Unconventional Letter

Dear Michelle,

Thank you.

Thank you for never giving up. And I know there were times you thought you had to, that there was no other choice. I remember all those nights spent alone, crying in the bathroom, hoping to end your pain with a razor blade. I remember the long days spent not eating, drinking only a cup of coffee in the morning because you felt like you might fall asleep in the middle of calculus if not, then rushing home to see if you’d lost more weight. I remember all of this, but most of all I remember how even though there were times you wanted to, you didn’t choose to die and instead, you chose to live.

Thank you for learning to open up again. After you graduated from high school, you tried to close yourself off, masking your feelings with words like “exhausted”, “the flu” and “allergies”. You kept everyone at arm’s length until you couldn’t take it anymore and you decided to make friends. I know that was hard for you, but I promise it’s paid off.  You’re about to find out that you actually love coffee dates with friends and trying new things.

Thank you for going off meds-even at the disapproval of your then boyfriend. He didn’t know you, you didn’t stay with him, and you really had to choose your own life for your own reasons. I know at that point, you didn’t even understand fully your diagnosis. I’m so proud of you for making your own way. I know in the future you’ll contemplate going back on medicine, and it’ll be hard, but if you don’t want to do something, don’t let the fear of consequences force you to make a decision.

Thank you card

Thank you for walking away from the poisonous relationships you tried so hard to save. You thought that if you just tried harder, loved more deeply, that you could fix them. But they weren’t the ones who needed fixing, and abusive relationships aren’t worth your time. Or effort. I’m so sorry you had to learn that the hard way. But you got past it with some ice cream and art. That was the first time you thought that you might be okay with being alone instead of being with someone who told you that you were always to blame, and that everything he did was to show you that you deserved no one better. You may have been brokenhearted, and it felt like your whole world was dying, but you left. You’re so brave.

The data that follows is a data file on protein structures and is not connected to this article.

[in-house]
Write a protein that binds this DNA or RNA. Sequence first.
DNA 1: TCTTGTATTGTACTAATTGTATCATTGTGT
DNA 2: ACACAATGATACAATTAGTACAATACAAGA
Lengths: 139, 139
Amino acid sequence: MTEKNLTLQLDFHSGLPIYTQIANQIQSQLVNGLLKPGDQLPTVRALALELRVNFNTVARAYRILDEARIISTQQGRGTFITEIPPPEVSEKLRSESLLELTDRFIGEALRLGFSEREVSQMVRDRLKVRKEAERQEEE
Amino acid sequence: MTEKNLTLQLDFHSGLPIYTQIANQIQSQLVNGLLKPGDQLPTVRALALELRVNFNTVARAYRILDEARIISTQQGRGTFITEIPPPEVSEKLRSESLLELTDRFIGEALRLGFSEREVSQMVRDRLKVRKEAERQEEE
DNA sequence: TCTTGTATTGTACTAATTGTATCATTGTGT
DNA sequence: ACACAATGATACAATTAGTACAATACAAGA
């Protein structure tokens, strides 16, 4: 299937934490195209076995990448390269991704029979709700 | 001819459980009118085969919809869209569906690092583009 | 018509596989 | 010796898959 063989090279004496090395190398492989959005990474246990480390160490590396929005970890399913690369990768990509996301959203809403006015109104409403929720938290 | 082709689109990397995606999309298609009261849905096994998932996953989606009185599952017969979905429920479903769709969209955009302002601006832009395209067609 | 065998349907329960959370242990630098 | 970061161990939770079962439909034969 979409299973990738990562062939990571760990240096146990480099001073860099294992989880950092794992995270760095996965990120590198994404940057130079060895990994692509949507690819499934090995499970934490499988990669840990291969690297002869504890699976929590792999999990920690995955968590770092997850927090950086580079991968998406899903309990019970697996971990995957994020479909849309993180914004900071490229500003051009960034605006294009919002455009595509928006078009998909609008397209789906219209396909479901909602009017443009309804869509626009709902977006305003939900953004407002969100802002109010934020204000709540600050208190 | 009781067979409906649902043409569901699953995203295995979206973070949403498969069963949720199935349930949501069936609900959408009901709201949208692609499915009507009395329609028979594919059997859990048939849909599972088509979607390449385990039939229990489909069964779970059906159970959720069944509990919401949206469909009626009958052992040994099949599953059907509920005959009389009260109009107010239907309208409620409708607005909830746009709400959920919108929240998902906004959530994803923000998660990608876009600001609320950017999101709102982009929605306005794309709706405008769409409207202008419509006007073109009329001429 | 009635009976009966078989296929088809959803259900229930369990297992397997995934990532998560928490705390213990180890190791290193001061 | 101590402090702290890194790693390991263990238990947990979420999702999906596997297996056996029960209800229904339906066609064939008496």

Speaking of bravery, there will come a time in your life that you’ll wake up and be paralyzed with the fear of driving. We’ll work through it, and it will be hard for a long time, but please don’t give up. Living in the past, living with the memories of what “could have” happened is only going to hurt us in the long run. Yeah, this is one of those corny “hello, younger me” letters that we swore we’d never write, but I have so many things to thank you for.

Thanks for taking a chance and going out with that boy from high school that you thought was “too short”. You’ll drive each other crazy, but you have a strong marriage, and a lot of really hilarious dating stories that will get you through any disagreements you might have. You even got a dog (he acts more like a cat, and you’ll learn to love him). That boy will learn how to understand your moods, and even help you get through them.

Thank you for working so hard during your mood swings. No one requests to have bipolar disorder, but you’ve done remarkable things with it. You laid the foundation for such great things to happen for your future. But don’t think for a minute that it’s shameful to change your major when you get to college. It’s gonna drive you mad and you’ll feel so completely used up, but you’ll see that the greatest thing is going to happen once you walk through all the open doors. You’ll continue to struggle with food, but honestly, you’re going to love yourself more at the heaviest weight than you ever did when you struggled with your eating disorders. Just don’t go too far in the other direction, okay? Eating too much is bad too. Food isn’t a drug, it’s not meant to protect you from life.

I know that you know life is hard. But thanks for going back into counseling. In hindsight, you probably didn’t have to hide it, because you’re about to become exceptionally vocal about mental health and women’s rights. You aren’t stuck, you aren’t defective, and you most definitely aren’t finished. We have so much work ahead of us, and it’s all thanks to you.

You stuck it out when the world grew dark, when our mind waged wars against us and our heart got so heavy it might burst. You fought each and every day for life to be better, waiting for the day it all meant something. You kept going, even when everything screamed at you to just stop. I know my battles, our battles, don’t end with this little note. We have a whole life to live yet! And I know I didn’t say it then, but I’m saying it now. Thank you, baby girl. Thank you with my whole heart.

You got this, Shells. You don’t need anybody else’s approval, just go for it. You’re about to take your first step in an amazing adventure and you’ll be so surprised where it leads you. I know I am.